There's a clear disadvantage when one team is entering an NFL matchup with more time to prepare than the other but the Cowboys, who are on the short end of it this week, don't care.
FRISCO, TX — Life isn't fair, and neither is the NFL, so you can either choose to yell complaints into the earless void or you can suck it up and find a way to overcome adversity. Time and again throughout the 2022 season, the Dallas Cowboys have chosen to do the latter and, as they get ready to face the San Francisco 49ers in the NFC Divisional Round, they'll rinse and repeat.
The latest hurdle for the Cowboys to leap (well, one of them) is playoff scheduling. Having been tasked with facing Tom Brady and the Tampa Bay Buccaneers on Monday night, their victory in that wild card matchup thrust them to the second round of the playoffs but with a short week to prepare.
"I think it's gonna serve us well," said head coach Mike McCarthy, jokingly. "We'll have less sleep and we'll be grumpy."
But, all jokes aside, it truly is fair to call it a competitive disadvantage for Dallas, though that's not what the team itself is viewing it as. To put it plainly, it's nothing they haven't seen before.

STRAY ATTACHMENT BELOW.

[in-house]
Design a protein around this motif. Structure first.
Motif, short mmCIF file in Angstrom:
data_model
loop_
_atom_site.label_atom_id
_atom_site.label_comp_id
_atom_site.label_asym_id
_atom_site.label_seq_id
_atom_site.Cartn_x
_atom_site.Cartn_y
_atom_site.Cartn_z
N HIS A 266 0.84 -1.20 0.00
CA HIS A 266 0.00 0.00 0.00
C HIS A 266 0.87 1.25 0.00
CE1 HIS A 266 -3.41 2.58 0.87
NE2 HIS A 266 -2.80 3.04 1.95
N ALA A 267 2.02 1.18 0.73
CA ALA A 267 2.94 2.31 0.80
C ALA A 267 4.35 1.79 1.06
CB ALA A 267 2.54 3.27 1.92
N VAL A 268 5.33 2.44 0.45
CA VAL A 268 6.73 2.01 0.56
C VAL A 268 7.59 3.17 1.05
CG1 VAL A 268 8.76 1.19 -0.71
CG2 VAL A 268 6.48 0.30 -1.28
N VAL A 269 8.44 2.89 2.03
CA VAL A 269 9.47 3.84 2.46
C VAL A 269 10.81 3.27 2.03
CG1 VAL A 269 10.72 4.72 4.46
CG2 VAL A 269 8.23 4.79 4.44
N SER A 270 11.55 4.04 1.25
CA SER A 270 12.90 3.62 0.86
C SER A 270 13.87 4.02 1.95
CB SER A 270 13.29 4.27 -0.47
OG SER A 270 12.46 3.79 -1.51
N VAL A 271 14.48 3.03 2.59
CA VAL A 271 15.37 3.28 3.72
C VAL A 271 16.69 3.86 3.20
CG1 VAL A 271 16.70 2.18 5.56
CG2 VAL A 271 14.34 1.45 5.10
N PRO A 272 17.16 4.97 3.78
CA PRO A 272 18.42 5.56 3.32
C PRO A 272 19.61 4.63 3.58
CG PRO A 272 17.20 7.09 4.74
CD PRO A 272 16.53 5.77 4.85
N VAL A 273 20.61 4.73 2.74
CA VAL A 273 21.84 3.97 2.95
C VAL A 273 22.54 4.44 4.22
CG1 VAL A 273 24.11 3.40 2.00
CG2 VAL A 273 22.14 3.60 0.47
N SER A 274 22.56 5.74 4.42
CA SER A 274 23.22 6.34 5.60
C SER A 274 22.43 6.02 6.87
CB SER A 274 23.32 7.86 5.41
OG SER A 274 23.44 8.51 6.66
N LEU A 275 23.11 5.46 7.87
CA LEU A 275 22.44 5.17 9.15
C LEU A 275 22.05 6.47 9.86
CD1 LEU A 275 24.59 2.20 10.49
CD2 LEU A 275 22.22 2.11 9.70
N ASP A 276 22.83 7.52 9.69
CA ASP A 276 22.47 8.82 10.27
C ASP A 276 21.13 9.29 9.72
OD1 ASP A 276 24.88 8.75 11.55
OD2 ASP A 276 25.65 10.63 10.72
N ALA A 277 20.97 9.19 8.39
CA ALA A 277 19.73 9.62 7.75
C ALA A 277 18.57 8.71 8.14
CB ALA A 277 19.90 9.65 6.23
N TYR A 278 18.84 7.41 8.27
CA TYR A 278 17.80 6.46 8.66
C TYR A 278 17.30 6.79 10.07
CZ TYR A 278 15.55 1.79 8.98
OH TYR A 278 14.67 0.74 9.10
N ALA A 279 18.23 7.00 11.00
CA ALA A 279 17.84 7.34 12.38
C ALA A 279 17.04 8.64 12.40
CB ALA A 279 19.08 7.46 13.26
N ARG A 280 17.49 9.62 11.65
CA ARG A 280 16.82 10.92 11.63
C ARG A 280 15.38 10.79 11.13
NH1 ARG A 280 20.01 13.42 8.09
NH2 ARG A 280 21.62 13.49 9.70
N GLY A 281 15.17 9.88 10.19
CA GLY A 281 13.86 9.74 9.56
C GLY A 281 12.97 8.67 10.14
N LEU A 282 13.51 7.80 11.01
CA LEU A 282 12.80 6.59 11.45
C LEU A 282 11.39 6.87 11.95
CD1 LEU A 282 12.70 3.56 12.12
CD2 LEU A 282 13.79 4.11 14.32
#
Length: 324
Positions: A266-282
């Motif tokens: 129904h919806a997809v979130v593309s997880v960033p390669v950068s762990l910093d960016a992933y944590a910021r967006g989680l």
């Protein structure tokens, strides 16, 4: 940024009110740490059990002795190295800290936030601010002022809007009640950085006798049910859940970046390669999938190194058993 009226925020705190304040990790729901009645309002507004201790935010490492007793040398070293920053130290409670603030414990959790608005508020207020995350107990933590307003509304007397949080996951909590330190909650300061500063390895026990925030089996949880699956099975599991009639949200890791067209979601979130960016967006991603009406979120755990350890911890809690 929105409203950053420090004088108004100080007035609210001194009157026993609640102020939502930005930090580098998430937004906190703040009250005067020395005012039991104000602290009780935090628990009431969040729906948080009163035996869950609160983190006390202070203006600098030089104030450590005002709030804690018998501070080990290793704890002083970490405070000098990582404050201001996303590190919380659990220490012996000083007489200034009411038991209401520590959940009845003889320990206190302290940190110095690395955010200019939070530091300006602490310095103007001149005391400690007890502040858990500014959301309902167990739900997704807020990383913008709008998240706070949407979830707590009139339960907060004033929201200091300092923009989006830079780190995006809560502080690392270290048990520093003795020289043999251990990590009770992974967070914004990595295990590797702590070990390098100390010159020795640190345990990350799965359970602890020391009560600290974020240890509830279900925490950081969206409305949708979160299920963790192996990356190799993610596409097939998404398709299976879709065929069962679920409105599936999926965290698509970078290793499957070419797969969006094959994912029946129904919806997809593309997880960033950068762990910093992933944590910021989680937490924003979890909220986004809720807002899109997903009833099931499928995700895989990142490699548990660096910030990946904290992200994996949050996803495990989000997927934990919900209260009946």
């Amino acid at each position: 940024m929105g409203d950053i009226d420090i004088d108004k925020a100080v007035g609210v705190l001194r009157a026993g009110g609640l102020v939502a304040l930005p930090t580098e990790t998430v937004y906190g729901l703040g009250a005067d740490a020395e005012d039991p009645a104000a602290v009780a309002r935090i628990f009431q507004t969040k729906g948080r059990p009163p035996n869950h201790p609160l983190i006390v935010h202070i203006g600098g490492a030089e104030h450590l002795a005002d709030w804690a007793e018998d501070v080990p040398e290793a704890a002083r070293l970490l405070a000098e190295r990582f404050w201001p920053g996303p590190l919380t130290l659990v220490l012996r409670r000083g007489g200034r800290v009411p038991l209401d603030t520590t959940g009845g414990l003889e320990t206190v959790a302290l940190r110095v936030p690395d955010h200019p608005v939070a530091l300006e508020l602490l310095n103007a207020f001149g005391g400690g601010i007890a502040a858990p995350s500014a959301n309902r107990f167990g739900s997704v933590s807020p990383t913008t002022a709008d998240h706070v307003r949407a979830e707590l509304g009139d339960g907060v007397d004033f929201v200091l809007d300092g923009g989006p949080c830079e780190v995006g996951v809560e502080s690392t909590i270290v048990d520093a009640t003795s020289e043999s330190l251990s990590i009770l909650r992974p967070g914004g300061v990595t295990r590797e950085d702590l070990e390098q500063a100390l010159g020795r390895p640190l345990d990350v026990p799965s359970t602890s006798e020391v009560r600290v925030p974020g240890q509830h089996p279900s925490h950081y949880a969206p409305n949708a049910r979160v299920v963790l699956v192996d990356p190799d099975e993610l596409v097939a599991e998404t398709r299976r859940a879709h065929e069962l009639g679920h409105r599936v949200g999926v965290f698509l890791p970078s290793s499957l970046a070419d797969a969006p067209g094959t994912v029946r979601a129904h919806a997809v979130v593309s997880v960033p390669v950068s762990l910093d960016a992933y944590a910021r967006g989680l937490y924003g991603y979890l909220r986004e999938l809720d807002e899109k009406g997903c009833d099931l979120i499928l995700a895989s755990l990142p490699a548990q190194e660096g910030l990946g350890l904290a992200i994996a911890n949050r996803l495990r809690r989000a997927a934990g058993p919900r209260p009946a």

They've played in five combined primetime games (Mondays + Sundays), two Thursdays (including Thanksgiving), had a three-game-in-12-days stretch in November, and a three-games-in-11-days stretch in late December that included suiting up on Christmas Eve (literally meaning they played two games in the same calendar week leading into that holiday weekend).
They're currently 2-0 when playing a game with only five days to reload, and McCarthy is 5-1 in his last six outings that have featured a short week following Monday Night Football.
They'll have that exact number of days to prepare for the 49ers (5), one of which being a travel day to Santa Clara, while Kyle Shanahan and his group will get two additional days by virtue of having defeated the Seattle Seahawks in a Saturday afternoon bout — along with having home field advantage.
"The benefit for us, really, is if you look at our regular season schedule," McCarthy said. "I don't know if there's a [variation] of the schedule that we didn't work on. We've had an eight-day week, a six-day week, a seven-day week. We've played [on] Thursday Night Football, Sunday Night Football, Monday Night Football, Saturday afternoon football; so I think all of those experiences [will help]."
So if you're holding your breath for McCarthy to yell into the void about something he can't control, you'll die of asphyxiation.
"It's the schedule. TV is king. What do you want me to say?" said McCarthy. "This is part of the challenge. It's not a concern. We've got plenty of time to get ready."
The locker room in Dallas views it the same way, as four-time Pro Bowl receiver T.Y. Hilton pointed out on Wednesday — sounding eerily similar to his head coach, something that's quite telling of exactly what the message from the coaching staff has consistently been on this topic.
"It's the schedule, so what do you want me to do?" asked Hilton. "Just [have to] go out there and be as ready as possible. We're gonna give it everything we've got. When the time comes, we'll be ready."